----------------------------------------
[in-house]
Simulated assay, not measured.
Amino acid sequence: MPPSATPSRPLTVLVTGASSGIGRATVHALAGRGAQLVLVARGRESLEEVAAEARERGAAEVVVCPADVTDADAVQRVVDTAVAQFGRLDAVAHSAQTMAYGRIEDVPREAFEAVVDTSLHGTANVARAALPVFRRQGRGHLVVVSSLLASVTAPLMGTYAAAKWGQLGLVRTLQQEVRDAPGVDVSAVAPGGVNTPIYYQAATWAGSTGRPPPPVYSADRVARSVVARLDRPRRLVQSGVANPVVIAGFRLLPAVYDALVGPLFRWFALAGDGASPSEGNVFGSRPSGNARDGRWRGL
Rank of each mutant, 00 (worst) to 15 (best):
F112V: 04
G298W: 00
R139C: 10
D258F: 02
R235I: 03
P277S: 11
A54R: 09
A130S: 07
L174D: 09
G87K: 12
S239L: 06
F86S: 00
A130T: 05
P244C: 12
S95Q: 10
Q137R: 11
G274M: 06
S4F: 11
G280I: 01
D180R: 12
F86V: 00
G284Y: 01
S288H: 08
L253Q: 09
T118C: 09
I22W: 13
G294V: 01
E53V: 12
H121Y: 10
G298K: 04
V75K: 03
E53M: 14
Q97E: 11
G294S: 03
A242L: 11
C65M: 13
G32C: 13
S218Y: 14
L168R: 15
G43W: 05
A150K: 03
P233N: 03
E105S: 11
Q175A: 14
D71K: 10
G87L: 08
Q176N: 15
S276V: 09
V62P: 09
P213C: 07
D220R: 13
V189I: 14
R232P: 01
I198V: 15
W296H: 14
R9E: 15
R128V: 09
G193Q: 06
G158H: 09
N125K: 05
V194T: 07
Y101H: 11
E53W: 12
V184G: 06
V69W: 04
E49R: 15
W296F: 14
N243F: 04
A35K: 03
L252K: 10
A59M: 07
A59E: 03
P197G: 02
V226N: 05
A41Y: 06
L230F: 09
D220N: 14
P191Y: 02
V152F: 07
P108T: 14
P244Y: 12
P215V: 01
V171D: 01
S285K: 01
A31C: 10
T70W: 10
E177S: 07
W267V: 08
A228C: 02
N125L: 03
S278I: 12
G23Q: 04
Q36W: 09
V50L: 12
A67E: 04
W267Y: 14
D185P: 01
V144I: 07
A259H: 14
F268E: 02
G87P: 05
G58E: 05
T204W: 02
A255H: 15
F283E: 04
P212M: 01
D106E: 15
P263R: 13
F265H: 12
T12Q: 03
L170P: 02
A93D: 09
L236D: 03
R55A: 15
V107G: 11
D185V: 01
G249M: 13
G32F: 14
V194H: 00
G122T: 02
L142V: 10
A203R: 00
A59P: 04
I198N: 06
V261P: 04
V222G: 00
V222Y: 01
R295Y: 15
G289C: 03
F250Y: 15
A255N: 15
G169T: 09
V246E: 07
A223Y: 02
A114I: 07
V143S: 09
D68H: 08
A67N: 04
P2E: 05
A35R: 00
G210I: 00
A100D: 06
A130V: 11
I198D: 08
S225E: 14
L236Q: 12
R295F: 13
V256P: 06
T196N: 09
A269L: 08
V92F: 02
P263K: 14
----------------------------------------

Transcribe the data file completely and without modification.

[in-house]
Simulated assay, not measured.
Amino acid sequence: MPPSATPSRPLTVLVTGASSGIGRATVHALAGRGAQLVLVARGRESLEEVAAEARERGAAEVVVCPADVTDADAVQRVVDTAVAQFGRLDAVAHSAQTMAYGRIEDVPREAFEAVVDTSLHGTANVARAALPVFRRQGRGHLVVVSSLLASVTAPLMGTYAAAKWGQLGLVRTLQQEVRDAPGVDVSAVAPGGVNTPIYYQAATWAGSTGRPPPPVYSADRVARSVVARLDRPRRLVQSGVANPVVIAGFRLLPAVYDALVGPLFRWFALAGDGASPSEGNVFGSRPSGNARDGRWRGL
Rank of each mutant, 00 (worst) to 15 (best):
F112V: 04
G298W: 00
R139C: 10
D258F: 02
R235I: 03
P277S: 11
A54R: 09
A130S: 07
L174D: 09
G87K: 12
S239L: 06
F86S: 00
A130T: 05
P244C: 12
S95Q: 10
Q137R: 11
G274M: 06
S4F: 11
G280I: 01
D180R: 12
F86V: 00
G284Y: 01
S288H: 08
L253Q: 09
T118C: 09
I22W: 13
G294V: 01
E53V: 12
H121Y: 10
G298K: 04
V75K: 03
E53M: 14
Q97E: 11
G294S: 03
A242L: 11
C65M: 13
G32C: 13
S218Y: 14
L168R: 15
G43W: 05
A150K: 03
P233N: 03
E105S: 11
Q175A: 14
D71K: 10
G87L: 08
Q176N: 15
S276V: 09
V62P: 09
P213C: 07
D220R: 13
V189I: 14
R232P: 01
I198V: 15
W296H: 14
R9E: 15
R128V: 09
G193Q: 06
G158H: 09
N125K: 05
V194T: 07
Y101H: 11
E53W: 12
V184G: 06
V69W: 04
E49R: 15
W296F: 14
N243F: 04
A35K: 03
L252K: 10
A59M: 07
A59E: 03
P197G: 02
V226N: 05
A41Y: 06
L230F: 09
D220N: 14
P191Y: 02
V152F: 07
P108T: 14
P244Y: 12
P215V: 01
V171D: 01
S285K: 01
A31C: 10
T70W: 10
E177S: 07
W267V: 08
A228C: 02
N125L: 03
S278I: 12
G23Q: 04
Q36W: 09
V50L: 12
A67E: 04
W267Y: 14
D185P: 01
V144I: 07
A259H: 14
F268E: 02
G87P: 05
G58E: 05
T204W: 02
A255H: 15
F283E: 04
P212M: 01
D106E: 15
P263R: 13
F265H: 12
T12Q: 03
L170P: 02
A93D: 09
L236D: 03
R55A: 15
V107G: 11
D185V: 01
G249M: 13
G32F: 14
V194H: 00
G122T: 02
L142V: 10
A203R: 00
A59P: 04
I198N: 06
V261P: 04
V222G: 00
V222Y: 01
R295Y: 15
G289C: 03
F250Y: 15
A255N: 15
G169T: 09
V246E: 07
A223Y: 02
A114I: 07
V143S: 09
D68H: 08
A67N: 04
P2E: 05
A35R: 00
G210I: 00
A100D: 06
A130V: 11
I198D: 08
S225E: 14
L236Q: 12
R295F: 13
V256P: 06
T196N: 09
A269L: 08
V92F: 02
P263K: 14